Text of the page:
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Adverse weather and construction contracts

View profile for Perdeep Grewal
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Adverse weather and construction contracts

Strong winds, storms and even snow! This just sums up the adverse weather for the past fortnight. Many projects could be hindered or, at worst, even terminated. Considering the adverse weather, what should contractors do to ensure they do not fall behind on their project?

If a contract remains silent on adverse weather delays, it is the responsibility of the contractor to ensure they take steps to deal with any foreseeable delays. For projects governed by a JCT form of contract, a contractor will usually be entitled to an extension of time if they give a notice to the employer of a “relevant event” which is, or likely to, delay a project.

The term ‘relevant event’ is defined to include ‘exceptionally adverse weather conditions’. Contractors and employers should therefore be aware that the weather must not only be adverse but “exceptional”. Unfortunately, a JCT contract does not define what constitutes “exceptional” adverse weather conditions. This would leave scope for the contract administrator or the employer to determine this issue.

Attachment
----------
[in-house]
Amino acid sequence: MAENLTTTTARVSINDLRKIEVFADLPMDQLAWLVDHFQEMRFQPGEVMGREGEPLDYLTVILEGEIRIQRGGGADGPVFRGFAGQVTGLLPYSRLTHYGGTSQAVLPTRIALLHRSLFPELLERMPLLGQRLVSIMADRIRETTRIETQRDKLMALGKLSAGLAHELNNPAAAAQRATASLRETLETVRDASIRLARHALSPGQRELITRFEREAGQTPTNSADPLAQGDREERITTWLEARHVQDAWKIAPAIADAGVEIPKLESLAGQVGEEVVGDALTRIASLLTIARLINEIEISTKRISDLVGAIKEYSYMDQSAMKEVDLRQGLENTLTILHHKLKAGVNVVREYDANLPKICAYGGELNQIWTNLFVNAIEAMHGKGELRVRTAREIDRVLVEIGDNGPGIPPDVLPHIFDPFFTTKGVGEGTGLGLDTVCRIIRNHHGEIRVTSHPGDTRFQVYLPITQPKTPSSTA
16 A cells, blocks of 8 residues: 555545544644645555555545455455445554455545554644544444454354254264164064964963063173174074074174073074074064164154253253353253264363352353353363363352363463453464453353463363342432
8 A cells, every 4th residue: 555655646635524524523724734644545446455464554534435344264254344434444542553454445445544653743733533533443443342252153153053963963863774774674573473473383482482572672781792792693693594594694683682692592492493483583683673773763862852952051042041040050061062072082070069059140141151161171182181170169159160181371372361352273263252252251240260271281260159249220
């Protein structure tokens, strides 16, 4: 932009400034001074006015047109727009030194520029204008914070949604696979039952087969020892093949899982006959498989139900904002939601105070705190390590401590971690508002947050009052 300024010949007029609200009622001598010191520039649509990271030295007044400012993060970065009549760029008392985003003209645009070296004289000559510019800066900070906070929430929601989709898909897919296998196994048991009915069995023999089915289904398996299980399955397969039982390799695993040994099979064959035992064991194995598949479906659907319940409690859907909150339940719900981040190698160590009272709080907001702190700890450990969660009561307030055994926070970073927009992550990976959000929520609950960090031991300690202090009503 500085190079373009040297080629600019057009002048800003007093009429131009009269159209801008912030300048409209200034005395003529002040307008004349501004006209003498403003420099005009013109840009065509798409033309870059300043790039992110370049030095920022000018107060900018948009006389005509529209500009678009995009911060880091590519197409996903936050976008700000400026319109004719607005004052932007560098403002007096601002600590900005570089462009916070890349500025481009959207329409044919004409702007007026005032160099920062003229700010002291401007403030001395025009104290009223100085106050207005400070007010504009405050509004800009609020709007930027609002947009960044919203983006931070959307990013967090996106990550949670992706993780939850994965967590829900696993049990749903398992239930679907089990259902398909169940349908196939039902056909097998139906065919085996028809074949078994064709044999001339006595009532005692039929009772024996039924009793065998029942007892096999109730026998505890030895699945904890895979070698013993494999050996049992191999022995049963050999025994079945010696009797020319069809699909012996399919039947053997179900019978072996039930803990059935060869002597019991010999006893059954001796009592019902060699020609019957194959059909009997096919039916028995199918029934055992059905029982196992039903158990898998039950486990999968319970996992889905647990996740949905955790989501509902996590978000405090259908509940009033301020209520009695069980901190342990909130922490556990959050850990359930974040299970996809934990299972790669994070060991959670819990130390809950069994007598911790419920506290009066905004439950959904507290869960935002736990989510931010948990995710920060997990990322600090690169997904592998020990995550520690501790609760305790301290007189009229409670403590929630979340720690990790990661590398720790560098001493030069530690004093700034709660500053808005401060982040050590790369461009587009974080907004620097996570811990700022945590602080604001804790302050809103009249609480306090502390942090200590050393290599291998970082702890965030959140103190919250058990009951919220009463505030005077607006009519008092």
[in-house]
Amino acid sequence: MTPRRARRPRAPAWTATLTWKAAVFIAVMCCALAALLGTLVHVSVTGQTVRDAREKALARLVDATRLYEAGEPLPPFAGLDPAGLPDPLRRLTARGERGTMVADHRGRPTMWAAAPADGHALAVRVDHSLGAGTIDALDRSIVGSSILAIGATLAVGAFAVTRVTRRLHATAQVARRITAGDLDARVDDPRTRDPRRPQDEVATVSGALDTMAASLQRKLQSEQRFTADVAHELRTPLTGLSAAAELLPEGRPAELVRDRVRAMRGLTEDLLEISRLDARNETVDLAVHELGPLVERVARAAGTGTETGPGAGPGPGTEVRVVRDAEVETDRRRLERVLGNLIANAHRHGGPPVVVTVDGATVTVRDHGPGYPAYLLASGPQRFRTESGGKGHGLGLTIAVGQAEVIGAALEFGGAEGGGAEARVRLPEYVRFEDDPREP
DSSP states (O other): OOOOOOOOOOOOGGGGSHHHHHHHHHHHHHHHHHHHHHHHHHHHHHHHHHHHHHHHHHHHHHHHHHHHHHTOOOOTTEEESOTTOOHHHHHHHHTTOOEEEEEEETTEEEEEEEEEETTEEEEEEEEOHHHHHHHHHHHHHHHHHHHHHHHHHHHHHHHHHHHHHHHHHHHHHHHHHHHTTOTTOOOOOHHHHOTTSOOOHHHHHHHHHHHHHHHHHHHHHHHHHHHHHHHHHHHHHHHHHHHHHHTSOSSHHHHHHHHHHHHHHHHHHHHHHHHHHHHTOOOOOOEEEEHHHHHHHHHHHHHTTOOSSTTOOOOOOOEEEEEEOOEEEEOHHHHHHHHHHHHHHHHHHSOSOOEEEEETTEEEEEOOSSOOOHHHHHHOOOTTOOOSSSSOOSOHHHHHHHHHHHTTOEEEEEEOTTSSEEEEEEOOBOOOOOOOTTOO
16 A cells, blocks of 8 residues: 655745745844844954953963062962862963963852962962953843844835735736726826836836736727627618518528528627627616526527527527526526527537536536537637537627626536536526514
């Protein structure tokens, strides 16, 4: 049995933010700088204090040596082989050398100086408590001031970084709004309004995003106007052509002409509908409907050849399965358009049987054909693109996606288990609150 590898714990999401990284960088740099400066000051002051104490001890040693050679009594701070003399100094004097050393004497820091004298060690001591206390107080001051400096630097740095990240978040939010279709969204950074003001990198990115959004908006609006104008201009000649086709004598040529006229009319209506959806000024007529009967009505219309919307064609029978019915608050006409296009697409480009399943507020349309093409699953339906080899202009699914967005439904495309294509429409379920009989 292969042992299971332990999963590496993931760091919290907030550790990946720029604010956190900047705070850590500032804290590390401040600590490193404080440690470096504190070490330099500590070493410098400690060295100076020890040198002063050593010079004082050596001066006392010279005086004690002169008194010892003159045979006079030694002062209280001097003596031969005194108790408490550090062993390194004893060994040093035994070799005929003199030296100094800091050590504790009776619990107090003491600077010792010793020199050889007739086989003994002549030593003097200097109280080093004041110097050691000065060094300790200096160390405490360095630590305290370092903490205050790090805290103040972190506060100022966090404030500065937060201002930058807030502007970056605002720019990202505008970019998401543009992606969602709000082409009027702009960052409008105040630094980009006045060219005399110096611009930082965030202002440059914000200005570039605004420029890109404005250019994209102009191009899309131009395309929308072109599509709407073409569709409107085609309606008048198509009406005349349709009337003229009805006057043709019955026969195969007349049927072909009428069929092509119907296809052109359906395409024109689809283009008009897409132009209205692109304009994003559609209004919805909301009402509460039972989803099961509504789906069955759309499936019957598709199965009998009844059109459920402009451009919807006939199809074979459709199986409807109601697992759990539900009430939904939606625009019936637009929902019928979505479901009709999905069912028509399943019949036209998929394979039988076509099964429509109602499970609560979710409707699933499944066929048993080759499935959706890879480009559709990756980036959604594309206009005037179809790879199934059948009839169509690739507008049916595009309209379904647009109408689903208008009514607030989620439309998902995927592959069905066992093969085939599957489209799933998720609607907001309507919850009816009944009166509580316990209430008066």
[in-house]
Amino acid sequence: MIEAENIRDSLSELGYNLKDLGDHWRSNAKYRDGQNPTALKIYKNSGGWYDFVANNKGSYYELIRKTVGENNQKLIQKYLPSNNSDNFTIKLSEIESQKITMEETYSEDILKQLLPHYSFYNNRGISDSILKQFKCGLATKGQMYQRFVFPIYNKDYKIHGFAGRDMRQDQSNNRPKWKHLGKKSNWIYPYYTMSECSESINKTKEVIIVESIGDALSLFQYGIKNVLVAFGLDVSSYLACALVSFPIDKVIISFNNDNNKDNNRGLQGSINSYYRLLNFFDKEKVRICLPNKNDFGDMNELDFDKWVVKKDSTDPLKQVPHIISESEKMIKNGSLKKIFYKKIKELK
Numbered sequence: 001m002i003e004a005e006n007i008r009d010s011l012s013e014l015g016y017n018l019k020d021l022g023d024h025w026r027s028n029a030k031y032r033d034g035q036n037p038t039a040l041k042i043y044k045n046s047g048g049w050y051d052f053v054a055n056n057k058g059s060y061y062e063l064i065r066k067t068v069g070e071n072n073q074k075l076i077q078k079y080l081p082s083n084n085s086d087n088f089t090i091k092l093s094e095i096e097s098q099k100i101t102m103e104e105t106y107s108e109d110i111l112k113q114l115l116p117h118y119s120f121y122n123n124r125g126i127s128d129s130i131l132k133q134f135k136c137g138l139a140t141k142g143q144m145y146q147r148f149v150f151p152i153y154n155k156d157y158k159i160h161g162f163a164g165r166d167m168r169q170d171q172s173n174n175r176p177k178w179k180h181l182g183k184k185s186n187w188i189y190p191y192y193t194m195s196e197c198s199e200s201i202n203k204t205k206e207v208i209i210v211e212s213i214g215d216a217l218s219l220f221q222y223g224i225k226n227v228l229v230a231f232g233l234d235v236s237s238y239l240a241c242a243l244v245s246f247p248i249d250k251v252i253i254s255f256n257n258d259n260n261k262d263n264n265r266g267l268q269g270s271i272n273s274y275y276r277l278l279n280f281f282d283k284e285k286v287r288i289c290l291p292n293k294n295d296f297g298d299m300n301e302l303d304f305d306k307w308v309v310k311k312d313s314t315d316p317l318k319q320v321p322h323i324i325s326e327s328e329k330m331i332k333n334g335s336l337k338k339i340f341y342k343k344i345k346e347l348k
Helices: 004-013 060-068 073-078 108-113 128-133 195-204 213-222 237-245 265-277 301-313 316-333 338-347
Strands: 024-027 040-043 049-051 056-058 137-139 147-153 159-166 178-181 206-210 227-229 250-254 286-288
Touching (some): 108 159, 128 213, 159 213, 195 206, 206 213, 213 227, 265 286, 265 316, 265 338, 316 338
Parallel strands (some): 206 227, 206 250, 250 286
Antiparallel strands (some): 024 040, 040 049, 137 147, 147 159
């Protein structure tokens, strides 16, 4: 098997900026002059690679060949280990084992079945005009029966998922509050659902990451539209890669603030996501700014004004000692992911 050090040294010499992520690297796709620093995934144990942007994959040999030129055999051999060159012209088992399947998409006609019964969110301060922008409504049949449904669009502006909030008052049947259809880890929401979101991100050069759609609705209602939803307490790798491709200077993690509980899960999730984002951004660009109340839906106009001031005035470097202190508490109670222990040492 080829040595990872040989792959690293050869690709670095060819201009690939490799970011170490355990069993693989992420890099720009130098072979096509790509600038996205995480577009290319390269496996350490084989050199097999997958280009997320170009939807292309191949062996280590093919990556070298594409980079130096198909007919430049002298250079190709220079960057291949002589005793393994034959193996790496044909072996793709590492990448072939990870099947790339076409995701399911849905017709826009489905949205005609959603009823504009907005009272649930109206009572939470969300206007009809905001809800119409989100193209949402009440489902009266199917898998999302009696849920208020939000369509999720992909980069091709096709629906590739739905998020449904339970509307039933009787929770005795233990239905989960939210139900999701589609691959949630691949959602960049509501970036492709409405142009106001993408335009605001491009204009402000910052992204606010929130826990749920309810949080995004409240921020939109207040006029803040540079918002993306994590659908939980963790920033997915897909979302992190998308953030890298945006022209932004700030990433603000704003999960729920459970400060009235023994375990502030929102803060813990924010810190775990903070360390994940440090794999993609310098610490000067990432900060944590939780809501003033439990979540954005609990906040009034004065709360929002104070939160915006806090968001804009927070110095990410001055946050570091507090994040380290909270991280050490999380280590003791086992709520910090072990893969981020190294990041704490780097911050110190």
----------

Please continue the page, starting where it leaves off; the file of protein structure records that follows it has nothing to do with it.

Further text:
How should you deal with adverse weather conditions?

Risk assessment: At the pricing stage of a project, parties should be open to the possibility of adverse weather impacting their programme of works. If works will commence during the winter period, parties should take this into consideration before the pre-construction phase.

Collect weather data: Contractors should specify where they will monitor and record weather data from the site and compare this data with the Met Office. This should include the amount of rainfall, the duration of rainfall, wind speed, volume and duration of snow and so-forth.

Provide adequate notices: Contractors must review their contracts to check the correct procedural requirements to give notices to the employer for an extension of time. Contractors should check when a notice should be provided, notably ahead of time, and how a notice should be given (by way of email or by letter). Failing to follow the correct procedure of notification may leave a contractor in a difficult situation.

Record keeping: Contractors will have to prove that exceptional adverse weather conditions was the cause of the delay. To avoid disputes, record keeping is fundamental. Contractors should keep a log of photos from site visits, video footage of the adverse weather and an accurate record of weather temperature during the adverse weather.

If you have any questions regarding extensions of time or advice on how to request an extension of time, please contact our expert Construction team.

I am a solicitor specialising in construction law and I am based in our Chelmsford office. I can be contacted on 01245 453804 or